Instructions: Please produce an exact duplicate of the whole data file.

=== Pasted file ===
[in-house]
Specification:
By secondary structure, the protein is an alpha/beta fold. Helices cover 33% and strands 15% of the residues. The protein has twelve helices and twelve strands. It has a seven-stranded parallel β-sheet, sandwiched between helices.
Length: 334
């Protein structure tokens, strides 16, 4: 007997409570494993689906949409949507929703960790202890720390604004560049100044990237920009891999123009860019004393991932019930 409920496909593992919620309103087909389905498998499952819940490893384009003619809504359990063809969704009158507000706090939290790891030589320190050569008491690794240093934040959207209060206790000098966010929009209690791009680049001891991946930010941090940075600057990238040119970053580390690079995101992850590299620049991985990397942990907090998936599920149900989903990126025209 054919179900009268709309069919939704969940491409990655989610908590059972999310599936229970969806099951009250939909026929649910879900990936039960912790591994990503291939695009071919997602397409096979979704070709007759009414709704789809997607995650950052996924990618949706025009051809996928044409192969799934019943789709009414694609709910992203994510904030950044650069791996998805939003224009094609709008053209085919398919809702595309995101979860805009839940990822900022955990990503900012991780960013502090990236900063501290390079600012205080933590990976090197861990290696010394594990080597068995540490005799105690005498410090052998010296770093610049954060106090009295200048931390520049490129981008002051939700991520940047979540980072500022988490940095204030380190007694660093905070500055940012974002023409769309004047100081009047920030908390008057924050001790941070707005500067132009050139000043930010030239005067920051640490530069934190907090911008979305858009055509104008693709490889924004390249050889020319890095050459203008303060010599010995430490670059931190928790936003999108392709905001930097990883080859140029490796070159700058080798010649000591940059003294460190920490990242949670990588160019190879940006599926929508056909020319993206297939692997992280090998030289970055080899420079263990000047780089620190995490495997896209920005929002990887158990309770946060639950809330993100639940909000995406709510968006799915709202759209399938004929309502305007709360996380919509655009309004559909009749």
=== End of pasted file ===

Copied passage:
[in-house]
Specification:
By secondary structure, the protein is an alpha/beta fold. Helices cover 33% and strands 15% of the residues. The protein has twelve helices and twelve strands. It has a seven-stranded parallel β-sheet, sandwiched between helices.
Length: 334
């Protein structure tokens, strides 16, 4: 007997409570494993689906949409949507929703960790202890720390604004560049100044990237920009891999123009860019004393991932019930 409920496909593992919620309103087909389905498998499952819940490893384009003619809504359990063809969704009158507000706090939290790891030589320190050569008491690794240093934040959207209060206790000098966010929009209690791009680049001891991946930010941090940075600057990238040119970053580390690079995101992850590299620049991985990397942990907090998936599920149900989903990126025209 054919179900009268709309069919939704969940491409990655989610908590059972999310599936229970969806099951009250939909026929649910879900990936039960912790591994990503291939695009071919997602397409096979979704070709007759009414709704789809997607995650950052996924990618949706025009051809996928044409192969799934019943789709009414694609709910992203994510904030950044650069791996998805939003224009094609709008053209085919398919809702595309995101979860805009839940990822900022955990990503900012991780960013502090990236900063501290390079600012205080933590990976090197861990290696010394594990080597068995540490005799105690005498410090052998010296770093610049954060106090009295200048931390520049490129981008002051939700991520940047979540980072500022988490940095204030380190007694660093905070500055940012974002023409769309004047100081009047920030908390008057924050001790941070707005500067132009050139000043930010030239005067920051640490530069934190907090911008979305858009055509104008693709490889924004390249050889020319890095050459203008303060010599010995430490670059931190928790936003999108392709905001930097990883080859140029490796070159700058080798010649000591940059003294460190920490990242949670990588160019190879940006599926929508056909020319993206297939692997992280090998030289970055080899420079263990000047780089620190995490495997896209920005929002990887158990309770946060639950809330993100639940909000995406709510968006799915709202759209399938004929309502305007709360996380919509655009309004559909009749």